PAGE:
It only takes one truly great game to change a team.
The Nebraska Cornhuskers entered last Saturday’s showdown versus the Michigan State Spartans as one of the less respected defensive teams in the country. Over the course of the season, they ranked anywhere from the mid-60s to the mid-90s in most major national statistical categories. They had an undeniably suspect secondary and a weakened set of pass-rushers that couldn’t sack a quarterback if you gave them a five second head start.
Of course, that was before they held the Spartans to a season-low 187 yards of total output. Amazingly enough, holding quarterback Kirk Cousins to a mere 35 passing yards through three quarters and 86 total yards for the game resonates with the general public. And snapping B.J. Cunningham’s 41-game streak of at least one reception – folks take kindly to that as well.
"I think they saw today what we're capable of doing when we're right," head coach Bo Pelini said after the game.
All snarkiness aside, the Huskers did something pretty special against the Spartans. They collided with a top-10 ranked team head on and they made the other team have to adjust. The strategized against Michigan State better than anyone had all season long. They befuddled, irritated and ultimately shook Cousins to a point where he almost didn’t look like the same guy who led the Spartans to a miracarious victory over the Wisconsin Badgers a week earlier.
The key to Nebraska’s defensive dominance was the play of the safeties, who essentially committed to pass protection for the duration of the game. Whereas in weeks past the secondary was the biggest liability that the Huskers had, that hole was patched up by the time Cousins could get around to trying to exploit it.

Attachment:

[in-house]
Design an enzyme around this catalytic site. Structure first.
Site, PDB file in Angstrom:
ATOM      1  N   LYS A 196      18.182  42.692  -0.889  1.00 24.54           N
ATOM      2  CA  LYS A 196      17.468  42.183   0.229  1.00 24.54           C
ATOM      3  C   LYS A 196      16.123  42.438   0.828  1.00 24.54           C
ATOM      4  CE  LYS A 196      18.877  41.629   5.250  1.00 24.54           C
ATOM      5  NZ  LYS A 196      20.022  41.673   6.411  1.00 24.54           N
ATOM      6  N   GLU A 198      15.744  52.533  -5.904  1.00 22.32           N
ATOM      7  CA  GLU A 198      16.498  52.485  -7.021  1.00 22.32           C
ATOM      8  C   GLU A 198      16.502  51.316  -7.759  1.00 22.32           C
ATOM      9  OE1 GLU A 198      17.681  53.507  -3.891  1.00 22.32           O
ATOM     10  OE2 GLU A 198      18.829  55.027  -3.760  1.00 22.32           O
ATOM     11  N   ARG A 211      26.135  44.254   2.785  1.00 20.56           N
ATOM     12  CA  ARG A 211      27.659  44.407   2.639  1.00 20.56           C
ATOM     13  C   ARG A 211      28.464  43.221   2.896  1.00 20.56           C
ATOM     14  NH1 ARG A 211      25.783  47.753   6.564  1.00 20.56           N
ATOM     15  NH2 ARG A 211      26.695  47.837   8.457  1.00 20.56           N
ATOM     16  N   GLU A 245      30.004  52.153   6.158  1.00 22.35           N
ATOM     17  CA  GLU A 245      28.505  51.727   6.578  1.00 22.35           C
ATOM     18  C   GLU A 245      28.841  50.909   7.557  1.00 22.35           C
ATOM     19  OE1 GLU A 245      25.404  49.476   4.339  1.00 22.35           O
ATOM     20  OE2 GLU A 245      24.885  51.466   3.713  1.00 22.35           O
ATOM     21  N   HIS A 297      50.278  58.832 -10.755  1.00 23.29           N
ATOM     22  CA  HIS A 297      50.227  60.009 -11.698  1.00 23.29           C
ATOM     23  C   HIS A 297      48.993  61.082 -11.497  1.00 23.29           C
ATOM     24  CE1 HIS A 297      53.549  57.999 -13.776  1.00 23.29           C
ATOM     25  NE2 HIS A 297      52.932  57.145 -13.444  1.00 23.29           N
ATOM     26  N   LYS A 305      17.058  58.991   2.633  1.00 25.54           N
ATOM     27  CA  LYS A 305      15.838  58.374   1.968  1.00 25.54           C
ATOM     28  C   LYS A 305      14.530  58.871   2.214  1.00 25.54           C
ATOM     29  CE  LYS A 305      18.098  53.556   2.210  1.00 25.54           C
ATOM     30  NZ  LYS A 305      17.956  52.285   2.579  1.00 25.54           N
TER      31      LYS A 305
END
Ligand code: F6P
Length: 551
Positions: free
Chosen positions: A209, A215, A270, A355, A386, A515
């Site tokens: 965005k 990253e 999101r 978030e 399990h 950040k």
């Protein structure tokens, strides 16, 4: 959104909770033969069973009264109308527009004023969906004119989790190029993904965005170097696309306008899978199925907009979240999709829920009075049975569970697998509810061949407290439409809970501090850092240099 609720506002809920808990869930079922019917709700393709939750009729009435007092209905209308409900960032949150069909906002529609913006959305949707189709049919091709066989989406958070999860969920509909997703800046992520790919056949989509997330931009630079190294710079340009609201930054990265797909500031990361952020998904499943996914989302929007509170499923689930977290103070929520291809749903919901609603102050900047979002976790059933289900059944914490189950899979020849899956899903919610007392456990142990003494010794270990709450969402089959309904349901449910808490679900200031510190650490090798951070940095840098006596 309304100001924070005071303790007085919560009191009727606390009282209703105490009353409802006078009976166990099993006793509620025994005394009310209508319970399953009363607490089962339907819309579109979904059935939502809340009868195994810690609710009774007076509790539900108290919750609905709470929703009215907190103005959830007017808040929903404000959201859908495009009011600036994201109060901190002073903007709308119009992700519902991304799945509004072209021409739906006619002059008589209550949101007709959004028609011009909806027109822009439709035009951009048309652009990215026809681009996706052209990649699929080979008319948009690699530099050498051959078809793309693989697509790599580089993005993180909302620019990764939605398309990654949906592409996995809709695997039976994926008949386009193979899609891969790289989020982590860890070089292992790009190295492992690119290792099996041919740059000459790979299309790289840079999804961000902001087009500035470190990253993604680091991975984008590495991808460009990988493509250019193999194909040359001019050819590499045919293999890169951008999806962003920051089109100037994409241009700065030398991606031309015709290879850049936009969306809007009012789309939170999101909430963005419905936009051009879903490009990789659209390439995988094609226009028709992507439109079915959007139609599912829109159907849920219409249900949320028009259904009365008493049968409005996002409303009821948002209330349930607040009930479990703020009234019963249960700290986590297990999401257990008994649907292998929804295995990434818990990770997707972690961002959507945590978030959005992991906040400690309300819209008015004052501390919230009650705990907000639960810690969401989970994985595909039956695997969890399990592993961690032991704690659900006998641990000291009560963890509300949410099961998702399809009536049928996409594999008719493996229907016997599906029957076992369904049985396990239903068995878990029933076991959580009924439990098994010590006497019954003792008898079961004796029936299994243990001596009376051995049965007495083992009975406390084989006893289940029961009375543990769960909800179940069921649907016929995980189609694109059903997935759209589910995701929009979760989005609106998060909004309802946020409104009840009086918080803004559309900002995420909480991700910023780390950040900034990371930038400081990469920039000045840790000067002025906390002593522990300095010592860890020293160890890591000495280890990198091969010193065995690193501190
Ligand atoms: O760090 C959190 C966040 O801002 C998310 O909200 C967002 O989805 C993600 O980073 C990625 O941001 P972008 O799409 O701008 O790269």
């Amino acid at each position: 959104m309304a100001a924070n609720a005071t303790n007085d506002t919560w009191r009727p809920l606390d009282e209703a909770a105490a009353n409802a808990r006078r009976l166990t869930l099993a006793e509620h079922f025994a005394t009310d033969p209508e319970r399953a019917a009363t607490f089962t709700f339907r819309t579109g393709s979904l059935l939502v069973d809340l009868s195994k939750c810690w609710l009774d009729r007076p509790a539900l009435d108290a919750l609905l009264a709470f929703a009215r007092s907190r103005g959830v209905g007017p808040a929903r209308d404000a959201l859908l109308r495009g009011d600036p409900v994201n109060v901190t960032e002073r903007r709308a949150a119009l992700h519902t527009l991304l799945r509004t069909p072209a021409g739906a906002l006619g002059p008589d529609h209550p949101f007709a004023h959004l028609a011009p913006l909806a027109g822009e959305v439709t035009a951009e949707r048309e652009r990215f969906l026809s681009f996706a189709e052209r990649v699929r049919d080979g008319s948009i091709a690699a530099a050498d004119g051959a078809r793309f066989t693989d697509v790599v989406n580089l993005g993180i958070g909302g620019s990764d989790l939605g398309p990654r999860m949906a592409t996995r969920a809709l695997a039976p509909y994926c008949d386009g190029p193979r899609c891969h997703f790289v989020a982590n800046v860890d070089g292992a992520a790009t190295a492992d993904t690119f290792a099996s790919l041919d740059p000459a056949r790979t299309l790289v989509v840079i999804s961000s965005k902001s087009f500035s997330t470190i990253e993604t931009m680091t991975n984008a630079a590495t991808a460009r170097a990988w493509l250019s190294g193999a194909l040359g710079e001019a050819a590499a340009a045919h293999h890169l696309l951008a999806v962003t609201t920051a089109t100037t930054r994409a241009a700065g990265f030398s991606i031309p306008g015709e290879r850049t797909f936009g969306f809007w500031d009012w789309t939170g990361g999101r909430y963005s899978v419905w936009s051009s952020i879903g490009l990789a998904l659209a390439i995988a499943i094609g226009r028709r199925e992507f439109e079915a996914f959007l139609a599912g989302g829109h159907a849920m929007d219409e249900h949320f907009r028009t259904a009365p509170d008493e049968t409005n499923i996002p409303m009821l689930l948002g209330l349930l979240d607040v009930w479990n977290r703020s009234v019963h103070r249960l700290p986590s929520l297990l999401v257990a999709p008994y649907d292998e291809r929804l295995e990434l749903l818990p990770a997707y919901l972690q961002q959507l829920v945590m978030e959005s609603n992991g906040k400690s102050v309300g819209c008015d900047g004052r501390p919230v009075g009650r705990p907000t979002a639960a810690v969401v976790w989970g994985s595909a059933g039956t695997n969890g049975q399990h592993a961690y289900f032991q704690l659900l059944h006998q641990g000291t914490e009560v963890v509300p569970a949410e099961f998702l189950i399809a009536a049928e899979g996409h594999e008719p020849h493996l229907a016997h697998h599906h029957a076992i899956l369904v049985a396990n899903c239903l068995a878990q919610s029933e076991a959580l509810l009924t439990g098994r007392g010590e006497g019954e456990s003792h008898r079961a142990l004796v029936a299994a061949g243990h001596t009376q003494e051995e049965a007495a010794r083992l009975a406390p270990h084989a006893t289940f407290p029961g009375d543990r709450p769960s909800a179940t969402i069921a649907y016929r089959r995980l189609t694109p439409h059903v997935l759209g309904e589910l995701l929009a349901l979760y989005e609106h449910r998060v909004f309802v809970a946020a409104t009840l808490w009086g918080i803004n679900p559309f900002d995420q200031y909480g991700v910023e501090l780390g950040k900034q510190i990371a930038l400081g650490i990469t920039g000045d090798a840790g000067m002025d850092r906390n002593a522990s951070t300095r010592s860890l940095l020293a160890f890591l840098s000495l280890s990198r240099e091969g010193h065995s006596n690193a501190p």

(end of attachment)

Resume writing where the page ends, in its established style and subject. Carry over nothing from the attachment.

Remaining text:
Ideally for the Spartans, Cousins would have acknowledged that the aerial assault wasn’t working for them and tried to push the run – but he didn’t. Running backs Le'Veon Bell and Edwin Baker finished with 58 and 38 yards respectively, but neither got the amount of action they realistically should have.
That was all part of Nebraska’s strategy, though. The coaching staff understood that if they could get a mental breakdown from Cousins, the rest of the Michigan State offense would collapse accordingly. And, ultimately, it all went as planned.
Two weeks ago when the Huskers beat down the Minnesota Gophers, we remarked that while the defense was seemingly looking a little better, it was too early to say for certain if the changes would stick. On Saturday after Nebraska made short work of the Spartans, Austin Cassidy confirmed that his team had in fact worked out the kinks of their defense during the week off prior to that Minnesota game.
"Physically and mentally we were able to regroup," Cassidy said. "We were able to step back as a unit, as defensive backs, and focus on ourselves. That helped people get a better grasp on what we're trying to do."
No kidding. The Huskers defense from the last two weeks is nothing like the one that gave up 48 points to the Wisconsin Badgers about a month ago.
Are two good games really enough to say that it has changed, though?
Let’s let defensive end Josh Williams take this one:
"We turned the corner," Williams said. "Now we can actually say we're Blackshirts."
Well, there you go.